Michigan’s Earned Income Tax Credit (EITC) is an effective pro-work and anti-poverty tool that supplements the federal EITC in boosting the after-tax incomes of Michiganders who are eligible for it. However, because Michigan’s credit piggybacks off of rules set by the federal government, many Michiganders who aren’t raising children in their homes are left out and those who do qualify receive very low credits.1 As a result, childless workers, including those who may be parents but whose kids don’t live with them, often remain the sole group still taxed into poverty by state and federal tax codes. Michigan would help these Michiganders by enacting a broader credit like the Cost-of-Living Refund or at least expanding its current EITC to young workers without children and increasing its credit.
Why Michigan Should Expand EITC Eligibility
Young Workers Struggling to Make Ends Meet
With more than one-quarter of Michiganders aged 18-24 living in poverty, and many more struggling to make ends meet, expanding Michigan’s EITC could go a long way toward helping young workers. The EITC supports and encourages work, boosts local economies, and helps improve racial equity by reducing some of the impacts of systemic racism.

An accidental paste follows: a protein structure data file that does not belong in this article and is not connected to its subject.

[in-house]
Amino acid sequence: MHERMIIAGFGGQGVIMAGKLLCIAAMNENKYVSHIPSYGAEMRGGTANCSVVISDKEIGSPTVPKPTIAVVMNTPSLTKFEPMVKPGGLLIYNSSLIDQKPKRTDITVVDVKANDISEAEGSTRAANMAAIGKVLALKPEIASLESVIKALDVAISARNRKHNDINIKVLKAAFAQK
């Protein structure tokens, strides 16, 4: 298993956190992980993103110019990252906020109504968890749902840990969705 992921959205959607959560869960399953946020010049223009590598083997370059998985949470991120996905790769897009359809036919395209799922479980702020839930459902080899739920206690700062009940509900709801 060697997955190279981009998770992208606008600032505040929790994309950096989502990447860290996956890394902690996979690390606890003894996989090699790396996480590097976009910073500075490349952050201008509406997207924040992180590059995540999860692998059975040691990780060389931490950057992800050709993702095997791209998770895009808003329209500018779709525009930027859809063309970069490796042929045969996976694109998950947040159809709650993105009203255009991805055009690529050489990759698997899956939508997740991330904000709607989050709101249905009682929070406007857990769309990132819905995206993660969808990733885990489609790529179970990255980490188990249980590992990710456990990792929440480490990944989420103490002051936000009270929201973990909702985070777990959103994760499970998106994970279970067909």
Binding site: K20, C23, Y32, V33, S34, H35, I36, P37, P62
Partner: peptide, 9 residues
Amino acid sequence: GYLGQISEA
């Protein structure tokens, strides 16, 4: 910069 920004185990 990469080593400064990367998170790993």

Youth Aging Out of Foster Care
About 1 in 4 of Michigan’s foster care children are aged 14 and older. Older foster care children are less likely to be adopted or reunited with family and are instead emancipated once they leave the foster care system. Unfortunately, Michigan provides very few services to foster care youth transitioning out of care, leaving many ill-equipped for employment, education and housing.
Young Parents and Their Children
About 9% of all 18-24-year-olds are young adult parents. Nearly 3 in 4 children (73%) in Michigan with young parents live in families with low incomes. Boosting incomes of young parents, including noncustodial parents, directly improves lives of kids. Noncustodial parents would be able to use the EITC to help pay for things their kids need or meet child support expectations, and children in families that receive the benefit of the EITC are often healthier, do better and go further in school, and earn more as adults.
Sources: Erica Williams and Samantha Waxman, States Can Adopt or Expand Earned Income Tax Credits to Build a Stronger Future Economy, Center on Budget and Policy Priorities, March 2019. Fostering Youth Transition, Annie E. Casey Foundation, November 2018; Opening Doors for Young Parents, KIDS COUNT, Annie E. Casey Foundation, September 2018; Kids Count data center.